NELSON, J. The motion in the case of Anton Gretken, Administrator oj the Estates ojMary and Anna, Thomley, against The Railroad Oom. pany, to instruct the jury to find for defendant, involves the question of contributory negligence on the part of the plaintiff's intestate, Mary Thomley. The plaintiff cannot recover if the negligence of Mrs. Thom. ley contributed to the death of herself and child. In considering the question. presented, the view of the evidence most favorable to the plaintiff must be taken. The important facts proved are these: Mr. Thomley, who resided in the city of Minneapolis, near the railroad operated by the defendant, started on the morning of the fifth or sixth of August, accompanied by his wife and two children, to go to the depot ofa motor railway, nearer the center of the city than his residence. Instead of taking the streets lerding to their destination, they walked down the right of way of the defendant towards this mo· tor-line depot. It seems that the public generally, with knowledge of the compa.ny, or, at least, without objection, used these tracks, or the space between them, as a foot-pa.th. The Thomley family had lived for a year or two near the defendant's railroad track, which ran in the rear of their residence, and were fully aware of the manner of operating the road, and presumed to know the danger of using the rail. road track as a foot-pa.th. There were four tracks leading north towards the heart of the city. While Mr. and Mrs. Thomley and their two children were walking on the track, one train passed up, which was avoided. They walked on, the father and one child ahead, and the mother following, the other child being a little in advance of her. When she and the child reached the Fourth street crossing, and were just on the street, both mother and child were 'struck and run over by a freight car that had made a running or flying switch, so called. This switch permitted the car, after being detached from the to run over the crossing, and by means of it the detached car and engine came down on separate tracks. At this point the railroad com· pany were grading for a fifth track, and had thrown up a small embankment running along the west side of the track from Fourth street south about 30 or 40 feet. The car was coming down the track across the street at a rapid rate of speed; no whistle was sounded or bell rung, and no brakeman was seen upon the car. The view, however, was unobstructed, and the train was in full sight, and the day was clear. This mode of making a running or a flying switch, and per. mitting a detached car to pass over a crossing, is a fruitful source of disasters; and in this case it is a fair inference from the evidence that the company was guilty of negligence in so doing. The negligence of the company being established, we are to consider whether Mrs. Thomley exercised ordinary care to avoid the collision; if she was guilty of contributory negligence the plaintiff callnot recover in this aotion. Persons living in the vicinity of railroads who use the tracks or the embankments, or the space between the tracks, as a footpath, are wrong-doers, unless permission is granted by the company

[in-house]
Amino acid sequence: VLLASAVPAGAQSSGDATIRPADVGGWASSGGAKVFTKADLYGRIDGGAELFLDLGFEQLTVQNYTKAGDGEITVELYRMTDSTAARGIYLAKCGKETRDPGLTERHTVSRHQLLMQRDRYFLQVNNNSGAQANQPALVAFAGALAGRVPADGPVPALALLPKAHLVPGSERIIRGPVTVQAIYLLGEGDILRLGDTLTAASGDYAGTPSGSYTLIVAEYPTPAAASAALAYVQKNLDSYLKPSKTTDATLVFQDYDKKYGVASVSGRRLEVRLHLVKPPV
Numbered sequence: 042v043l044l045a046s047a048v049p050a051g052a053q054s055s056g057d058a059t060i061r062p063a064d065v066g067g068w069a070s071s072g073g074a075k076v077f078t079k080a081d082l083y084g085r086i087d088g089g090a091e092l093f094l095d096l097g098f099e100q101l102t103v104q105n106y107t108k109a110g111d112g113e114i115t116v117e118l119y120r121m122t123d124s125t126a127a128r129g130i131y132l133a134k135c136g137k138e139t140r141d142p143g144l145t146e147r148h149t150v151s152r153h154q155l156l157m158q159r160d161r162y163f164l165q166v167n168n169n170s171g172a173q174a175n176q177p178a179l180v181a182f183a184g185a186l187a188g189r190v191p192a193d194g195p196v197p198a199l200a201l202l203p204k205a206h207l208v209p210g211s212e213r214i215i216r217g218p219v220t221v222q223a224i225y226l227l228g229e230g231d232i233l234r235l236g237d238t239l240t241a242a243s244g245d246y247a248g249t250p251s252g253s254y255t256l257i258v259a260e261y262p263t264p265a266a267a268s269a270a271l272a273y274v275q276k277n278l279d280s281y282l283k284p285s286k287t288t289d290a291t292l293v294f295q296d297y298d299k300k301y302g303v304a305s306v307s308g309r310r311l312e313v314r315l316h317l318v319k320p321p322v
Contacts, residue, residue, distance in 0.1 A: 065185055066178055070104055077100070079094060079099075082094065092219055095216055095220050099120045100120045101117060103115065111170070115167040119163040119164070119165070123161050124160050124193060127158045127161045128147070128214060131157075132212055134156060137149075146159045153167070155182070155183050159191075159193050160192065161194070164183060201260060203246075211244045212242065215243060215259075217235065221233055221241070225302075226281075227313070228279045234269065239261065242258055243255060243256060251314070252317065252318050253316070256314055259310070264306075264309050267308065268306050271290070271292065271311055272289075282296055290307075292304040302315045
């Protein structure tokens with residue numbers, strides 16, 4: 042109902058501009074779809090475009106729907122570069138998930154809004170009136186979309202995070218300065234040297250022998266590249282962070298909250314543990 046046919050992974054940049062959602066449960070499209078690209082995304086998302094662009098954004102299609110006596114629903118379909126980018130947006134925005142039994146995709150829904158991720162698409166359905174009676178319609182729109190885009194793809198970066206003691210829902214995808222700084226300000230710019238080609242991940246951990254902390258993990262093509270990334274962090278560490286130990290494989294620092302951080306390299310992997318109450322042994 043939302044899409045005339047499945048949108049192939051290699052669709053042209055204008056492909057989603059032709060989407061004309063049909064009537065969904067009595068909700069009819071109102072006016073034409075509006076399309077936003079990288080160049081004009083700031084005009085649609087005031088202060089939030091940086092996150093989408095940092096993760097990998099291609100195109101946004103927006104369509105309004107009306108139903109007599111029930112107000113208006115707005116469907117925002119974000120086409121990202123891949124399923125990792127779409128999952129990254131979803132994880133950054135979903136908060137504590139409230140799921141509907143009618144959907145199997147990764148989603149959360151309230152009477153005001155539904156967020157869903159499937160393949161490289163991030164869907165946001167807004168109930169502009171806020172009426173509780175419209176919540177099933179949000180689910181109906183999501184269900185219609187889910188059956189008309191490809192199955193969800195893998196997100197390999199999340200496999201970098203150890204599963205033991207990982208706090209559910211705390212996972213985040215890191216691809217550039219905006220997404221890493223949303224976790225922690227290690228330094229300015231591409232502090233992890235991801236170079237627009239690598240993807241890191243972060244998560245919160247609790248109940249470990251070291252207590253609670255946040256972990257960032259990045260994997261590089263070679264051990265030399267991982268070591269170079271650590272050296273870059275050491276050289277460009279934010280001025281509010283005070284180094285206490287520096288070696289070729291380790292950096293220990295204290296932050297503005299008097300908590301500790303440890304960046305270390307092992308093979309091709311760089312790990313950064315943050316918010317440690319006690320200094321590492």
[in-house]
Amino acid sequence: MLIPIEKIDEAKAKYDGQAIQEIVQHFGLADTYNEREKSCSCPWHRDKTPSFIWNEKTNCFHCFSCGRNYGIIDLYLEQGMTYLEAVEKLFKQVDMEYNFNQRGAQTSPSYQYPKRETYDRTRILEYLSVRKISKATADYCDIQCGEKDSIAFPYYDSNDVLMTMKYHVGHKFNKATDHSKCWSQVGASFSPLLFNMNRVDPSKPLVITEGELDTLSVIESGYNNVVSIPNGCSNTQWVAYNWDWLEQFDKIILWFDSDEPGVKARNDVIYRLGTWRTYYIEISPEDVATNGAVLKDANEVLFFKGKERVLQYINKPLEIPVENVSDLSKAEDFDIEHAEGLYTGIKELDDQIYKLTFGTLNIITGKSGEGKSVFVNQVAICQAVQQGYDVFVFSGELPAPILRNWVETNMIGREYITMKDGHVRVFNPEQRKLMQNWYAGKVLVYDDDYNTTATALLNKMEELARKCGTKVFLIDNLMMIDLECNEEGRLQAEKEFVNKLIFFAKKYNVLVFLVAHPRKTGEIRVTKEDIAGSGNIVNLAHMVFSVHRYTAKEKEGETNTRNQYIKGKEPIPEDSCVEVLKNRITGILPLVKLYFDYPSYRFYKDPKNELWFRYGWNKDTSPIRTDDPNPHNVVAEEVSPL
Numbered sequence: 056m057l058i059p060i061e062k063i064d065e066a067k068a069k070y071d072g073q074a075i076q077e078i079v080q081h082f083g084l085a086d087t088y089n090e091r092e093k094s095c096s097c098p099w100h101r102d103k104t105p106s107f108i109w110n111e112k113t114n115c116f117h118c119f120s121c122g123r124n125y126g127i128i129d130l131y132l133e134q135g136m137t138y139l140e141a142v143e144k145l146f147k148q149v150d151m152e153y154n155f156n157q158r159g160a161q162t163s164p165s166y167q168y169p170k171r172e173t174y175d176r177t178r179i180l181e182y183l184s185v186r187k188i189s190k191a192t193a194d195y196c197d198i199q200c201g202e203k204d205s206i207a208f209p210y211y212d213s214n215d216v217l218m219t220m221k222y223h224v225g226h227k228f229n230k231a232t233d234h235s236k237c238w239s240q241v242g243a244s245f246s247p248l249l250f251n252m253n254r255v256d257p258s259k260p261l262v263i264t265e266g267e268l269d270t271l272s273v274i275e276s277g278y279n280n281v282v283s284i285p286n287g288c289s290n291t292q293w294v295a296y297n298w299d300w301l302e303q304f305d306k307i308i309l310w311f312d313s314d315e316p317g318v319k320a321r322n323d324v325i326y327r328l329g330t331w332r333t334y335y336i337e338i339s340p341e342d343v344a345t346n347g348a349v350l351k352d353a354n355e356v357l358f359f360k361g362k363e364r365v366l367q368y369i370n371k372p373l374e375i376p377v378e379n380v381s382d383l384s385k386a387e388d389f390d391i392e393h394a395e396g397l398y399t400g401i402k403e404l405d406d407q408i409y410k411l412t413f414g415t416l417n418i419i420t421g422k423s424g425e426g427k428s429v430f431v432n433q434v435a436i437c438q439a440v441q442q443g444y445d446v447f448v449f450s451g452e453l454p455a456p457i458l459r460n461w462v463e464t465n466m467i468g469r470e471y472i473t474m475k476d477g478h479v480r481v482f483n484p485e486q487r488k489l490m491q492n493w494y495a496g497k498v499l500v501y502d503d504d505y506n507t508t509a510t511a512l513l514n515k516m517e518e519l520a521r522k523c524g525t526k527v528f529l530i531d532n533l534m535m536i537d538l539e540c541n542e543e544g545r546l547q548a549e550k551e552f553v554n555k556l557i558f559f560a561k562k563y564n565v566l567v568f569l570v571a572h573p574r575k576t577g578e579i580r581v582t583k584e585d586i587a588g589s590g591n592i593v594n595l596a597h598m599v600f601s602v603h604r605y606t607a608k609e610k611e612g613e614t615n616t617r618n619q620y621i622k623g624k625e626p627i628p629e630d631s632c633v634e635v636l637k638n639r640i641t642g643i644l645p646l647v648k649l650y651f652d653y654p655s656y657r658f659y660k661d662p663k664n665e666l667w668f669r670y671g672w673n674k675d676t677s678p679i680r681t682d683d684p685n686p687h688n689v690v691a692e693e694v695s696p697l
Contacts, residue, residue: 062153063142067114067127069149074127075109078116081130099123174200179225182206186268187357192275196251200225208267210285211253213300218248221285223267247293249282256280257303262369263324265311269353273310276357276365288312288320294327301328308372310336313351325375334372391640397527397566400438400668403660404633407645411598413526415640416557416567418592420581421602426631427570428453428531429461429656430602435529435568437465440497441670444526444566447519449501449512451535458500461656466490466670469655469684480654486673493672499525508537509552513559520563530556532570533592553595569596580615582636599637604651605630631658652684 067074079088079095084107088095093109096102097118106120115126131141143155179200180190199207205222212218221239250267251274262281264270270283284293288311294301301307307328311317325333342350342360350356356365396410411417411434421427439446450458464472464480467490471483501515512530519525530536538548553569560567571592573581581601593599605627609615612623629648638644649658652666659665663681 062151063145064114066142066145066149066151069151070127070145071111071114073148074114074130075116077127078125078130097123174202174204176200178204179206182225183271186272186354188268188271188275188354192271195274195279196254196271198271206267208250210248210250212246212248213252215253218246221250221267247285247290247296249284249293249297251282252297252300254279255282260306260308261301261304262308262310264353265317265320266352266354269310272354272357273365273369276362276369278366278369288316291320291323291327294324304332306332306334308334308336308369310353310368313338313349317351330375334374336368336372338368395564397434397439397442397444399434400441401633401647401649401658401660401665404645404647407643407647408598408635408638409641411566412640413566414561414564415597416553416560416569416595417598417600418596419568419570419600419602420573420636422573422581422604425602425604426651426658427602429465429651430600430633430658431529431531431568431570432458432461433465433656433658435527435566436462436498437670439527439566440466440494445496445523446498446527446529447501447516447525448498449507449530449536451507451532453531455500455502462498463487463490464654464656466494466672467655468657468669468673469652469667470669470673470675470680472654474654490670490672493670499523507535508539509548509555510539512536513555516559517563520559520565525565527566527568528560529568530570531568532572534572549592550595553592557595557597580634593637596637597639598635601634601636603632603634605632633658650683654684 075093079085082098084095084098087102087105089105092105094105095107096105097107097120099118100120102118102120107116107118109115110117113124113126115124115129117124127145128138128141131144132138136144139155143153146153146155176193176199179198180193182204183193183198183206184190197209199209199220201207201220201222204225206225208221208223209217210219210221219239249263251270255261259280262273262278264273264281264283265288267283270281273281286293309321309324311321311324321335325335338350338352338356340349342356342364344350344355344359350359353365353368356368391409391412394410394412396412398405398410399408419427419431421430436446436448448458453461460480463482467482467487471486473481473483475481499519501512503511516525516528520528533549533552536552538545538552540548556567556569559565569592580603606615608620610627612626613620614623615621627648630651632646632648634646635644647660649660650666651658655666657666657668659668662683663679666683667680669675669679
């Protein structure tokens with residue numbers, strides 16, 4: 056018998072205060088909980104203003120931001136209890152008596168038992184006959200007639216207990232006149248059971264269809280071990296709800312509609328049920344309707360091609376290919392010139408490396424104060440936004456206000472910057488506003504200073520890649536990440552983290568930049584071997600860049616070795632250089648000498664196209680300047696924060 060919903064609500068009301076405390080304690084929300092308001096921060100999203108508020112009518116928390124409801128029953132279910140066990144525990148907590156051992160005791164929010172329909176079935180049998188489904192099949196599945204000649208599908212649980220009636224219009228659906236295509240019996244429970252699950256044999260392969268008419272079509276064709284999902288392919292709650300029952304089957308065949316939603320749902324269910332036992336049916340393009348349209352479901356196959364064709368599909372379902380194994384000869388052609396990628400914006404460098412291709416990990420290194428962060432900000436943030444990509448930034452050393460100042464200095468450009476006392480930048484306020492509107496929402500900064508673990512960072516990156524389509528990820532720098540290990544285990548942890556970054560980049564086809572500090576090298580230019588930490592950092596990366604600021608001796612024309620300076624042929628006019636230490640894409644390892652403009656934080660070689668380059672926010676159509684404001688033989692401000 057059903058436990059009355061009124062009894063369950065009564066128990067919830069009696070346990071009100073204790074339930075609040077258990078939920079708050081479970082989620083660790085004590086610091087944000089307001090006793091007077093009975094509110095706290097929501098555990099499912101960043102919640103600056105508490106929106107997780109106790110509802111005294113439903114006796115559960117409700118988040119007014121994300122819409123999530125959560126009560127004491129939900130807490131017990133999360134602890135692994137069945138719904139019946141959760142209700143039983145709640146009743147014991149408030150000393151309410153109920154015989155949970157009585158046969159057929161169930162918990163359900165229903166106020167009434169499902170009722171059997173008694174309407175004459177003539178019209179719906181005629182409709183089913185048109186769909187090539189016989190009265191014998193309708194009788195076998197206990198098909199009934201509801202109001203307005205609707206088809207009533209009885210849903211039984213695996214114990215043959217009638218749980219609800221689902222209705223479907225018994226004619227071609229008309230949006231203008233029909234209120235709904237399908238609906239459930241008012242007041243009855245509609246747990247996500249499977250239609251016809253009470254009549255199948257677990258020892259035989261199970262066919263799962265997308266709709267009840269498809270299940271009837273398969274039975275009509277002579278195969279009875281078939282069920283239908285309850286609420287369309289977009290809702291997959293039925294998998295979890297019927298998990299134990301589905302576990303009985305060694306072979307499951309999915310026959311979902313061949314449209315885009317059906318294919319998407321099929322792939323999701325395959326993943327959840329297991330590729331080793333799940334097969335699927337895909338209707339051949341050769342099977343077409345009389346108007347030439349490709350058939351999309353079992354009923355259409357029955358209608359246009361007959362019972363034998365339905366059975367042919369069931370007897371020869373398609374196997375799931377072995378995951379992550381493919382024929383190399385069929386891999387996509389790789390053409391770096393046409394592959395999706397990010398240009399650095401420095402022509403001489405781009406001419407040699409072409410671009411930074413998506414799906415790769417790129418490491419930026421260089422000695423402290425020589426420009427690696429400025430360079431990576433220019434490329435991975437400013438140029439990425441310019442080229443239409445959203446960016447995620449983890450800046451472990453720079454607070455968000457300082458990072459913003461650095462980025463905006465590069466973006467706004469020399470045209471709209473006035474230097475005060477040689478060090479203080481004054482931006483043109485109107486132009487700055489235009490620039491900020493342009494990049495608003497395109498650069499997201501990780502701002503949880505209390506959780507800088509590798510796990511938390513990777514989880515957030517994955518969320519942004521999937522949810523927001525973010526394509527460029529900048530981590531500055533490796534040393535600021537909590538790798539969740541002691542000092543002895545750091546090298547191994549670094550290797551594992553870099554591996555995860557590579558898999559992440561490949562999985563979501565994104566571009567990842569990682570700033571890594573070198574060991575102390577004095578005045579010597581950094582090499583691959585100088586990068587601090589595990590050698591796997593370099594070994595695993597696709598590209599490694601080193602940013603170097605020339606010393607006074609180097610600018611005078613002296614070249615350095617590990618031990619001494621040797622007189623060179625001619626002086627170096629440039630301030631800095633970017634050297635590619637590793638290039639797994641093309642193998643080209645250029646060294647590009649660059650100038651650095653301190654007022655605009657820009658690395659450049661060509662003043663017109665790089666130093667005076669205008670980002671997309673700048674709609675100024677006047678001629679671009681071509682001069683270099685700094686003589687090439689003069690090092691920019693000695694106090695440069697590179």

DUQUESNE NAT. BANK V. IIILLS.
so to use its tracks. Although pedestrians, or the public generally, travel over them without objection, people go there at their own risk. and, as said by the supreme court of Massachusetts, "enjoy the license subject to the perils." Gaynor v. Old Colony R. Co. 100 Mass. 208.· If the collision had occurred while Mrs. Thomley was on the right of way below on Fourth street, she undoubtedly would have been guilty of contributory negligence, and could not recover. Was she free from negligence because Fourth street had been reached and she had just passed the line of the street when killed? I have considered this evidence carefully, giving it full weight, and am forced to the conclusion by the facts and the law applicable thereto, that she was guilty of contributory negligence. She had reached a dangerous posi. tion upon the street, which resulted in her death and that of the child. It was voluntarily assumed. She placEld herself in a position of danger by walking up the tracks of the defendant, in front of an approaching car, in full view of her. If she had passed to the left of the low embankment, thrown up by the defendant in grading for the new track, she would have escaped all danger; but she passed on, without taking heed of the approaching car, and met her death. While a railroad company is held to the highest degree of care in operating its road, and is liable for all injuries that result solely from a failure to exercise such care, persons who take the risk and perils of traveling upon railway tracks, and are thus brought into dangerouB positions, voluntarily assumed, are not free from fault, and if injury results therefrom the company is not liable. In the case of Mary Thomley the motion will be granted. In the case of the administrator of the child, Anna Thomley, against the railroad company, the negligence of the mother being imputed to the child, bars a recovery in that case.
DUQUESNE NAT. BANK OF PITTSBURGH,
for use, etc., v. and others. 1
((Ji1'cuit Oourt, W D. PennsylfJania.
If the defendant in a scire facias pay the debt and interest before plea pleaded or demurrer joined, there can Le no judgment against him for costs.
SAME-EXECUTION AGAINST SURVIVING PARTNER- LIAHiLITY OF ESTATE OF DECEASED PARTNER.
An execution was issued against. one member of a firm as surviving partner of a firm debt. Held, to be good as respects him and firm property in his . hands, but a nullity as respects the individual estate of the dect:&3ed partner, and costs incurred on the writ could not be levied immediately on his estate. To bind the decedent's estate for these costs his personal representatives must be brought in, pursuant to section 33 of act February 24, 1834.
1From the Pittsburgh Legal Journal.